Torture Whitewash: Probe of Two CIA Murders Ends Obama Administration’s Investigation of Bush’s Global Torture Program

How convenient is it that a door shuts on the Bush administration’s global program of extraordinary rendition and torture, just as America’s military-industrial complex plays musical chairs — with Republican holdover Robert Gates leaving as defense secretary, to be replaced by Leon Panetta, who has spent the last two years as the director of the CIA, while Gen. David Petraeus, the military commander in Afghanistan, takes over Panetta’s role at the CIA?

The answer has to be that it would be hard to conceive of a neater example of how the military and the intelligence agencies — or the CIA, at least — are at the very heart of government.

The door that is shutting is the one that involves accountability for the many prisoners subjected to “extraordinary rendition,” torture, and, in some cases, murder, in the Bush administration’s “high-value detainee” program. This involved the creation of secret torture prisons in Thailand, Poland, Romania and Lithuania, and, for a while, in Guantánamo, as well as others in Afghanistan and Iraq, the rendition of prisoners between these facilities, and also to the dungeons of allies in Jordan, Egypt, Syria and Morocco. Read the rest of this entry »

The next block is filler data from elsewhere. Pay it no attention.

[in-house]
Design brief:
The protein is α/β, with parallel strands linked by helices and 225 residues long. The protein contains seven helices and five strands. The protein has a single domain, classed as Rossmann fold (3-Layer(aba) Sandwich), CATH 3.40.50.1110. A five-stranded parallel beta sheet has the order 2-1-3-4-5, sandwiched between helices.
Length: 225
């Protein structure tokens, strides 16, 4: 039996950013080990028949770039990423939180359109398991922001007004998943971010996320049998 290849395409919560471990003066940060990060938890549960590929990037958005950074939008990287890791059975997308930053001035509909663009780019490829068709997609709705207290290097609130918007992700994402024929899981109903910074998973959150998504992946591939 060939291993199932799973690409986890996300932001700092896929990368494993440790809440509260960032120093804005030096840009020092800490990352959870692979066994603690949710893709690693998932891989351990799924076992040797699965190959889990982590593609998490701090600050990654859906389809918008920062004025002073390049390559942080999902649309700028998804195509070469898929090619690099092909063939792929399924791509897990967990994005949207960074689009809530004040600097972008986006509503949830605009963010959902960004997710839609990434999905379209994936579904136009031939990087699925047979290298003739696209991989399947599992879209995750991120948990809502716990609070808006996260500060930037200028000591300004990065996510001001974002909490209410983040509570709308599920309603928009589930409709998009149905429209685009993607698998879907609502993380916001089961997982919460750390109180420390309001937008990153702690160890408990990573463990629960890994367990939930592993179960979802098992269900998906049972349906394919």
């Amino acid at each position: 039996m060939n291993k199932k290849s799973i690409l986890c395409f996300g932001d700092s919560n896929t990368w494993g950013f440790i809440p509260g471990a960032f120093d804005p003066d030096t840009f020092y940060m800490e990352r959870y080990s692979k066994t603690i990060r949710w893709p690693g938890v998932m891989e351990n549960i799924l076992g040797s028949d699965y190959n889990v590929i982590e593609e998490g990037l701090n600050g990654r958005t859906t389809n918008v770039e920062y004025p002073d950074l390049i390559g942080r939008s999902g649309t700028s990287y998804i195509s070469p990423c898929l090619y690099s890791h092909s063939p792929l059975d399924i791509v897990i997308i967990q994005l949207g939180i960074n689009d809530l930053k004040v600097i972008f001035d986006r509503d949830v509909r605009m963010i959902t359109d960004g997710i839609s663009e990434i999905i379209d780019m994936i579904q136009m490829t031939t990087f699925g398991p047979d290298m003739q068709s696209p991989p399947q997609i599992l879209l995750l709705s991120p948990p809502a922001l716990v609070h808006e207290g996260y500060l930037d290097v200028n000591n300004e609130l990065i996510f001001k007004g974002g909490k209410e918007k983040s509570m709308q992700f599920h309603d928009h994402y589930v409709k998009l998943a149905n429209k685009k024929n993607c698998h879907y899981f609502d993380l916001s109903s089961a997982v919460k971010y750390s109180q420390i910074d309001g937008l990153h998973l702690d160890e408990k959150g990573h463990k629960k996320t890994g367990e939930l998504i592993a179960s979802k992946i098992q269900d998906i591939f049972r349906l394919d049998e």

In the US, on the International Day in Support of Victims of Torture, A Glimmer of Hope Amidst the Hypocrisy

At the weekend, to mark the International Day in Support of Victims of Torture, which takes place on June 26 each year, President Obama issued an extraordinary statement, declaring support for those working to eradicate the use of torture, and explaining that “[t]orture and abusive treatment violate our most deeply held values,” that they “do not enhance our national security,” that they “serv[e] as a recruiting tool for terrorists and further endanger[] the lives of American personnel,” and that they “are ineffective at developing useful, accurate information.”

The President was absolutely correct in his assessment of the problems with torture, and was also correct to point out how “President Reagan signed, and a bipartisan Senate coalition ratified” the UN Convention Against Torture, which came to force on June 26, 1987, and whose anniversary has been marked, since 1998, as the International Day in Support of Victims of Torture.

However, when President Obama wrote of “paying tribute to all those who are courageously working to eradicate these inhuman practices from our world, and reaffirming the commitment of the United States to achieving this important goal,” and of remaining “dedicated to supporting the efforts of other nations, as well as international and nongovernmental organizations, to eradicate torture through human rights training for security forces, improving prison and detention conditions, and encouraging the development and enforcement of strong laws that outlaw this abhorrent practice,” it was difficult not to ignore the stench of hypocrisy. Read the rest of this entry »

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Andy Worthington

Investigative journalist, author, campaigner, commentator and public speaker. Recognized as an authority on Guantánamo and the “war on terror.” Co-founder, Close Guantánamo, co-director, We Stand With Shaker. Also, singer and songwriter (The Four Fathers) and photographer.
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